In the past, the study of vibration amplification effect mainly focuses on the field of earthquake. Since the 1970s, researchers had observed the vibration amplification effect on the ridge top or cliff top in many earthquake events such as San Fernando earthquake in 1971, Central Chile earthquake in 1985, Loma Prieta earthquake in 1989, Northridge earthquake in 1994, and Wenchuan earthquake in 2008, and the amplification effect of topography had been found by experts in the analysis of seismic data [3337]. Generally, buildings at the top of the steep slope suffered more serious damage. Experts had began a long-term theoretical and field study on the topographic amplification effect of earthquake events and had obtained some qualitative results; however, it is still insufficient in quantitative research, the topographic effects of vibration could not be predicted accurately, and efficient mathematical prediction models were not be established yet.

In recent years, Chinese researchers are beginning to pay more attention to the topographic effects of artificial blasting seismic waves. Vibration observation data had been obtained from the open-pit mine. The researchers arranged the monitoring points on the different steps to obtain the influence law of elevation on vibration velocity, but the vibration velocity data on the same step were not obtained and analyzed [2729]. The vibration velocity prediction formulas were very limited and not suitable for every position of the step topography. Therefore, previous relevant studies could not describe the attenuation law of vibration velocity of step topography and could not effectively provide the protection suggestions and guide the equipment installation.

In the paper, different empirical formulas have been used to predict PPV, and a new multifactor vibration velocity prediction model with high accuracy has been established.

2. Case Study

The vibration monitoring test was carried out at the Sijiaying Iron Mine which belongs to Hebei Iron and Steel Group Mining Co., Ltd. and locates to the east of Hebei province, in 118°45′30″ longitude and 39°38′∼39°42′ latitude and at 30 m above sea level. It has been extracting six million tons of raw iron per year. The rocks in that area comprise granulite, schist, and quartzite. Granulite is the main ore-bearing rock. The area belongs to the southwest edge of Yanshan folded belt, which is principally composed of Sinian and Quaternary. The main mineral of the deposit is magnetite, and the proved reserve is approximately 2.348 billion tons with an average grade of 31.09%. The mine is exploited by open-pit mining in the early stage and covers an area of 2.7797 million square meters with 1630 m long from north to south and 1500 m wide from east to west. The height and slope of working benches are 12 m∼15 m and 65°, respectively. The maximum height of final slope is about 432 m.

Vibration monitoring instrumentation was TC-4850, as shown in Figure 1, and it was made up of acquisition equipment and three vector speed sensor. The main technical indicators are the frequency range X/Y: 1∼300 Hz, Z: 1∼500 Hz, the sensitivity 28 V/m/s, and the harmonic distortion ≤0.1%.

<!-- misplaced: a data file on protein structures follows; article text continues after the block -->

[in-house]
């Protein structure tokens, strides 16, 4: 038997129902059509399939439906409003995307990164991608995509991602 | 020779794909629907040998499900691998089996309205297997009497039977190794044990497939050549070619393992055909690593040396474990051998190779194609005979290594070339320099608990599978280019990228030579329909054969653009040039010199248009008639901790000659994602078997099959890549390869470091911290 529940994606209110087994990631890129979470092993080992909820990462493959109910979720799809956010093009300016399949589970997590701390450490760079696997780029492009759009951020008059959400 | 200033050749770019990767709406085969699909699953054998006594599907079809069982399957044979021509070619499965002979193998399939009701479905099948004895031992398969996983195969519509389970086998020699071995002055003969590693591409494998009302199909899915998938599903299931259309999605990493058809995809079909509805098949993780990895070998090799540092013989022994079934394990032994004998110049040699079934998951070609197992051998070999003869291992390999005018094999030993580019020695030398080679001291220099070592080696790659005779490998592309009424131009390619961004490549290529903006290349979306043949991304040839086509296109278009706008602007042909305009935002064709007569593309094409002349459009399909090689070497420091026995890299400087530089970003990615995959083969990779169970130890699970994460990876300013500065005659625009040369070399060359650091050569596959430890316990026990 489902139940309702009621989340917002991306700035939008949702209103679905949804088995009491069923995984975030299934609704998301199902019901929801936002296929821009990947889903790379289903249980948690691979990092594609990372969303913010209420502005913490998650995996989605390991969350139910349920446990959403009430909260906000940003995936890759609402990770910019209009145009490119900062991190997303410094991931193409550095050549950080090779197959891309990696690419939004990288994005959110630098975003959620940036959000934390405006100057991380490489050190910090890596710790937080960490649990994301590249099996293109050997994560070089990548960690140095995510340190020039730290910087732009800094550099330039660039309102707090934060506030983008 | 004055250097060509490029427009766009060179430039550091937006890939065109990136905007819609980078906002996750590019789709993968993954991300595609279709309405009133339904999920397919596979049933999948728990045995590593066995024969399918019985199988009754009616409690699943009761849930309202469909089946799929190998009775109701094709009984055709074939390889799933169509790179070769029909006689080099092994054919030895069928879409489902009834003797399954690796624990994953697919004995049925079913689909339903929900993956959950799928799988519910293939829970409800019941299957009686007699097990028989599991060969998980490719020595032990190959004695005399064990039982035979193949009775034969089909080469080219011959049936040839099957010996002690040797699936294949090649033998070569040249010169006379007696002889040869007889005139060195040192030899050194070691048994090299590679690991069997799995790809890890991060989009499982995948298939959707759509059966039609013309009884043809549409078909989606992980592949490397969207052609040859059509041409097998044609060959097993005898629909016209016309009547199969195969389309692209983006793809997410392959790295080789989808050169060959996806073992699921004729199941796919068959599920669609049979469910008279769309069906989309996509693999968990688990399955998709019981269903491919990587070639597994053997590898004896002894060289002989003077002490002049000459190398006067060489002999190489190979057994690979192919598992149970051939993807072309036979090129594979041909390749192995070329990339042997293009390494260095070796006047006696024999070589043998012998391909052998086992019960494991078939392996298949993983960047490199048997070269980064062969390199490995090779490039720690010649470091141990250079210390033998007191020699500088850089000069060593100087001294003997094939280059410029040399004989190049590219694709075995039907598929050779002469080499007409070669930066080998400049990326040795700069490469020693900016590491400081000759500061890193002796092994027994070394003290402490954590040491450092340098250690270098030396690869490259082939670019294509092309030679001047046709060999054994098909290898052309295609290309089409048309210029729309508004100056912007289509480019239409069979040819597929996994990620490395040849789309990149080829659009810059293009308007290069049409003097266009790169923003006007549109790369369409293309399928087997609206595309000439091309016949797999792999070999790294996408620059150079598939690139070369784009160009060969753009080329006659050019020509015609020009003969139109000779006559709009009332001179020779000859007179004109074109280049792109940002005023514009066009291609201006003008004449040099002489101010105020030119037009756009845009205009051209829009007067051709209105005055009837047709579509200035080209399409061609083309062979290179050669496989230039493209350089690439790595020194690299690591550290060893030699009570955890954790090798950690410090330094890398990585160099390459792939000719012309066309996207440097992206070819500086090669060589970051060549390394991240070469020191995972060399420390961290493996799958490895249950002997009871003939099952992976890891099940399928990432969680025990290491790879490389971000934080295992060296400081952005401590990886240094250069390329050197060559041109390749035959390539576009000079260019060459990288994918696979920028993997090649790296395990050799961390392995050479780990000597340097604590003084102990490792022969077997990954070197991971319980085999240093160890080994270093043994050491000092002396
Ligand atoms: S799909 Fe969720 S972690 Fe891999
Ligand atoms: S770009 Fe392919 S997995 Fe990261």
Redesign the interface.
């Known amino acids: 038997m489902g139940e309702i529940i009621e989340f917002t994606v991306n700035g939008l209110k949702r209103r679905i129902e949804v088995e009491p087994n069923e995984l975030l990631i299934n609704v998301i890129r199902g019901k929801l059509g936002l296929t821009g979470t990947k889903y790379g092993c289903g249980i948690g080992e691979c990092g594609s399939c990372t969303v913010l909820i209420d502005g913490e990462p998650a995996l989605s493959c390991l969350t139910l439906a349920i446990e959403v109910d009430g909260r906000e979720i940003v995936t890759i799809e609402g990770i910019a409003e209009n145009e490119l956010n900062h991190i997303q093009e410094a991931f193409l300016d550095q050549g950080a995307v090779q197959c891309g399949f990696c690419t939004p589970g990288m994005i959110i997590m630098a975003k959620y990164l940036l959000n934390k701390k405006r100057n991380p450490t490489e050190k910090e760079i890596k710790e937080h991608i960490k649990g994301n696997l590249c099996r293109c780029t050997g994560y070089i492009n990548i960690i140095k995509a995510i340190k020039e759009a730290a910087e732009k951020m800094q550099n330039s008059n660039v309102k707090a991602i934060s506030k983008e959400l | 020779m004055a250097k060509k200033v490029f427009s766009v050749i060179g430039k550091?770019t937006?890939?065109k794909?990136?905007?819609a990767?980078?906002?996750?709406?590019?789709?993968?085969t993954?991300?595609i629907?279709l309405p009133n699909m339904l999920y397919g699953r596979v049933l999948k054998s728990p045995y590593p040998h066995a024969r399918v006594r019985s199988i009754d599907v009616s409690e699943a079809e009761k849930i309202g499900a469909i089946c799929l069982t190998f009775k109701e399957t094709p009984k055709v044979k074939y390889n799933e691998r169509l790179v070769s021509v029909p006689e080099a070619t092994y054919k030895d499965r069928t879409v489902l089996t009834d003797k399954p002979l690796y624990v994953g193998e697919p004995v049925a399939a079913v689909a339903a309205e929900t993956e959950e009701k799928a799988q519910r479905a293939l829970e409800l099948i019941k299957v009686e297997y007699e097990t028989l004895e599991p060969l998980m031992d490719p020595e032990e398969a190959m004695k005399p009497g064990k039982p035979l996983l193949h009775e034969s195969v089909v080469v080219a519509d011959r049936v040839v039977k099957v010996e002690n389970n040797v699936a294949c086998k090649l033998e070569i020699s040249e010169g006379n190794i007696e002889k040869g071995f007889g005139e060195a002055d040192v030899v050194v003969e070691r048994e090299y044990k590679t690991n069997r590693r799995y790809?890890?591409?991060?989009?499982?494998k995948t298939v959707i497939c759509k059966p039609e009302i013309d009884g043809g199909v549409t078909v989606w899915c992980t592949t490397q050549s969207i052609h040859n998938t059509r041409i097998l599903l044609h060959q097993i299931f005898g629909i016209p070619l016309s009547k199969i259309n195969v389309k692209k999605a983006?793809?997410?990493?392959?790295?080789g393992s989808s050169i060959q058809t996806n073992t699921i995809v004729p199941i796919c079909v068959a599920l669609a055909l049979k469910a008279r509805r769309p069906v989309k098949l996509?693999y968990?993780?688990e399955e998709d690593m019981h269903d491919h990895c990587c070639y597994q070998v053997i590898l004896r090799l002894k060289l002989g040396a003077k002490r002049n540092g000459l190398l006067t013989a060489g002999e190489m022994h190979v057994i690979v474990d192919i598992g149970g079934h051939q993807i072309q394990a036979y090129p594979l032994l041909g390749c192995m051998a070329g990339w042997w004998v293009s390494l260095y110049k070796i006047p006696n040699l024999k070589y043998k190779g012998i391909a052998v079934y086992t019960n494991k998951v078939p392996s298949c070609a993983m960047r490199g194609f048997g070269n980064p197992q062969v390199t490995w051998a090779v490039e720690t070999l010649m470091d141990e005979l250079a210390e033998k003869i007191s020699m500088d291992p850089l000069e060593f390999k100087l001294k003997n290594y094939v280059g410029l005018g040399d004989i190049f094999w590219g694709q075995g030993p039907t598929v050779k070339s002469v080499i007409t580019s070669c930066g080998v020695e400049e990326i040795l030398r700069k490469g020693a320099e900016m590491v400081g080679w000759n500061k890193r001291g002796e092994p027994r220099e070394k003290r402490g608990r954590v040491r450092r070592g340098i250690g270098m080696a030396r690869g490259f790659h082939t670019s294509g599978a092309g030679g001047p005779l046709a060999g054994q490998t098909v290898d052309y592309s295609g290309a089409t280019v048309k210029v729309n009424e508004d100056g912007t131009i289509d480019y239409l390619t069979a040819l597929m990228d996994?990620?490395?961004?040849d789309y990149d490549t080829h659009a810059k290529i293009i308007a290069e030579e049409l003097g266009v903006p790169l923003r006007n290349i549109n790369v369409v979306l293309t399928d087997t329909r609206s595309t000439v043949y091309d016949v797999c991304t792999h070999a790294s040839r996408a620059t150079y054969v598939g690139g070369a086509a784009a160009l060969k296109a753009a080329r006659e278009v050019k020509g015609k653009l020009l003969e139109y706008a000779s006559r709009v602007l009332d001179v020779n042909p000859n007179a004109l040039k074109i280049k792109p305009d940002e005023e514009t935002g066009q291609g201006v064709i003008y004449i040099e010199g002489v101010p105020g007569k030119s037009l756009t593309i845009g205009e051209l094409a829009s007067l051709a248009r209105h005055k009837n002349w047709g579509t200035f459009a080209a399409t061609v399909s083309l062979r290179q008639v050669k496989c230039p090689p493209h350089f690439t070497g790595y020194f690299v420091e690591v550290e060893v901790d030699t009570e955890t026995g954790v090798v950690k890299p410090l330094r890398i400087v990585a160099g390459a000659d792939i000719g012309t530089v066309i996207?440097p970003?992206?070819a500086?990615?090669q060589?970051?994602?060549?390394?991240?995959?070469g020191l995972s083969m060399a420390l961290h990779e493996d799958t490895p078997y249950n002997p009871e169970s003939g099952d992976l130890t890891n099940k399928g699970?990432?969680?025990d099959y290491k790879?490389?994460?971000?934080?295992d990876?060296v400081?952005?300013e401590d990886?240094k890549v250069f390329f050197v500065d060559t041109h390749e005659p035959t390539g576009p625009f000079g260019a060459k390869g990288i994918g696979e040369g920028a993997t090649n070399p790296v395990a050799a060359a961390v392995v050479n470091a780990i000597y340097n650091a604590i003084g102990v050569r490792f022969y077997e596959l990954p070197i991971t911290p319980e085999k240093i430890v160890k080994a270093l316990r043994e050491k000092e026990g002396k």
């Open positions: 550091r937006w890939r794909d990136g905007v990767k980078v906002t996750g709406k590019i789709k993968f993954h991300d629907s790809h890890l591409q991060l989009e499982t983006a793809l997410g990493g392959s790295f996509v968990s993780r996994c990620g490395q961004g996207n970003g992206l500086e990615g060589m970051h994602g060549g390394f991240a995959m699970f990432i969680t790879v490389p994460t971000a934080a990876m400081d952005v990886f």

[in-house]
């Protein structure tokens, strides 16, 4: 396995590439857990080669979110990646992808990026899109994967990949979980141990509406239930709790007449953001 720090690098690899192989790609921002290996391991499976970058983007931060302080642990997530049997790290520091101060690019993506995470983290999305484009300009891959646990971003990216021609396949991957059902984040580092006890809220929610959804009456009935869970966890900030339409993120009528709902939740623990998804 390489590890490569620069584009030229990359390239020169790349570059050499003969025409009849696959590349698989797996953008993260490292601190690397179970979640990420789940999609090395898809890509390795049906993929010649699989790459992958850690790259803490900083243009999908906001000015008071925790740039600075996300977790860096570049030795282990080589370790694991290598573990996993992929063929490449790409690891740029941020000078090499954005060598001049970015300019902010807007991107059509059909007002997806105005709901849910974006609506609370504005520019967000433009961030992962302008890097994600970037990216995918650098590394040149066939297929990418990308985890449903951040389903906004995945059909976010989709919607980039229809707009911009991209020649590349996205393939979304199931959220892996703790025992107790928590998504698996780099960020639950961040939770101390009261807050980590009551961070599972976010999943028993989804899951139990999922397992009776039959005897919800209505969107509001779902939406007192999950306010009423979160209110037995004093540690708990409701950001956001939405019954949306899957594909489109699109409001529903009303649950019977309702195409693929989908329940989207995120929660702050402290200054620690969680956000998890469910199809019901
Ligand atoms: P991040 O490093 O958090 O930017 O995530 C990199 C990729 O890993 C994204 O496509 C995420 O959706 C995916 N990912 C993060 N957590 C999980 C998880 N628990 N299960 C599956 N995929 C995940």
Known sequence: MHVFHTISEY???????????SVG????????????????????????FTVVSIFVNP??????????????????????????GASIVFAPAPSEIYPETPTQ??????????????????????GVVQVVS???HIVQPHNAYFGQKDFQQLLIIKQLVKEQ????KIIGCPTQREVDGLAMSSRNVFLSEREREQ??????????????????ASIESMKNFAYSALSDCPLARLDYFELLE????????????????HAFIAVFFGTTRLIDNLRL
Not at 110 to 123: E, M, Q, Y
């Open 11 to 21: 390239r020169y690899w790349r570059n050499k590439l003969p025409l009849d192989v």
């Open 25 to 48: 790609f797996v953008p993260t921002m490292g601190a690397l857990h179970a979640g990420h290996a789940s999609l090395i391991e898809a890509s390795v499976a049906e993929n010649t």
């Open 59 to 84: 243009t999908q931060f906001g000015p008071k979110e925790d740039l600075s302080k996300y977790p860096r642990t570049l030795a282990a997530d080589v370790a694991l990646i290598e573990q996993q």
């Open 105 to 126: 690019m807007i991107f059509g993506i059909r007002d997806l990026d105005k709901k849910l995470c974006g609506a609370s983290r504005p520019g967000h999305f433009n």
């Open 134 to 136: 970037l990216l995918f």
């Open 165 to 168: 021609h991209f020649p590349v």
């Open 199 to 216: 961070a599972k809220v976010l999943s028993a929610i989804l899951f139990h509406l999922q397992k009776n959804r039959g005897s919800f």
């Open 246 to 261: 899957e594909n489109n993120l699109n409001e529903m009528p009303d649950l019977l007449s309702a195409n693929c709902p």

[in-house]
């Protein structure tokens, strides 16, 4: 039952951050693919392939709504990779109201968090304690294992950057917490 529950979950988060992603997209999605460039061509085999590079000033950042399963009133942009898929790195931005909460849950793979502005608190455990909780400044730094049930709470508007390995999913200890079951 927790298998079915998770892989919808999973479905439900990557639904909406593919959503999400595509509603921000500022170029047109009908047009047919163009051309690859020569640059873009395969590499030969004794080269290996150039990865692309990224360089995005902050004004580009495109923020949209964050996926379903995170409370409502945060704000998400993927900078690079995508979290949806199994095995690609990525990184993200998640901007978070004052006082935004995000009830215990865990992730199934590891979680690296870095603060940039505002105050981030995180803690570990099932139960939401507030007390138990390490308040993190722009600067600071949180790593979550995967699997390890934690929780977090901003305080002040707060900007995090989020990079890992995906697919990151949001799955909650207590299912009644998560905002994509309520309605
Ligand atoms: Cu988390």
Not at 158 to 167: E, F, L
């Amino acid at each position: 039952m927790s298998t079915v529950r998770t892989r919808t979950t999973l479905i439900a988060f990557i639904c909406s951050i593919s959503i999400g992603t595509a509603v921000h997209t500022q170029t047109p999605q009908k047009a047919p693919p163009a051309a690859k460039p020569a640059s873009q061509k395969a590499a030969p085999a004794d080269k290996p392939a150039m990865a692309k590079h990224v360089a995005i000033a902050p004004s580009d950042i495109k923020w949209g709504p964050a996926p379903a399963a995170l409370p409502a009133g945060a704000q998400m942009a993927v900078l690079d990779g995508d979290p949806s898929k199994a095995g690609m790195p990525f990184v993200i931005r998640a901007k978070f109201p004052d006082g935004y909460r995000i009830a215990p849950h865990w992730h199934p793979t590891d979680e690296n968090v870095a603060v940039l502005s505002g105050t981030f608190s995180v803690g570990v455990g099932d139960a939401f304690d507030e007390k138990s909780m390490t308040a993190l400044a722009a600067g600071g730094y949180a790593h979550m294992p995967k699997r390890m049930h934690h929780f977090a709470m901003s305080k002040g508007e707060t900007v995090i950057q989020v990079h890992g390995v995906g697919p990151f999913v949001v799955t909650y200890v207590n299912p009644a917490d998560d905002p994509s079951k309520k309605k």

The monitoring test was conducted twice in Figure 1; the total amount of explosive, respectively, was 14200 kg and 16710 kg, the maximum charge per delay was 750 kg, and the remaining parameters are listed in Table 1. Measuring points are located at the toe and the top of adjacent steps. The blasting vibration observation results are shown in Table 2.


ItemParameter

Bench height (m)12∼15
Hole depth (m)14∼17.5
Hole diameter (mm)310
Subdrilling (m)2∼2.5
Filling length (m)7∼8
Row spacing (m)Mineral7∼8
Rock5∼9
Hole spacing (m)Mineral6∼7
Rock4∼8
Explosive typeANFO
Detonation modeHole-by-hole initiation
DetonatorMillisecond nonel detonator
Charge structureInterval charging


Explosive sourceCharge weight (kg)Monitoring pointDistance from Blast-face (m)Elevation (m)Distance from the top (m)Horizontal PPV (cm/s)Frequency (Hz)Vertical PPV (cm/s)Frequency (Hz)Measuring point location

I7501141.353.515.04.11724.22.92731.7Slope toe
2171.665.905.41125.84.06028.8Slope top
3192.565.920.94.18622.11.87129.3Slope toe
1275.252.515.22.28824.80.60821.7Slope toe
2304.965.102.63321.90.73721.2Slope top
3329.065.124.11.27229.90.48629.8Slope toe

II7501237.152.314.93.25624.41.23827.3Slope toe
2266.365.004.10228.91.59520.9Slope top
3290.265.023.91.78623.40.65129.9Slope toe
1220.854.115.02.18924.11.75023.6Slope toe
2265.767.102.71926.62.27220.1Slope top
3284.167.118.41.89025.70.58620.0Slope toe

3. Prediction by Conventional Predictors

Table 3 illustrates the various conventional vibration prediction formulas widely used in different countries or put forward by different researchers. The attenuation coefficient and site coefficient can be obtained from the data regression analysis, and the calculated values of site and attenuation coefficient in different formulas are shown in Table 4 and in Figure 2.


Name of modelsFormula

Sadaovsk
USBM
Indian
Sweden
Ambraseys–Hendron
Attewell
Japan

Note. V is the PPV, cm/s; Q is the maximum charge per delay, kg; R is the distance between blast hole and measuring point, m; K is the site coefficient; and α is the attenuation coefficient.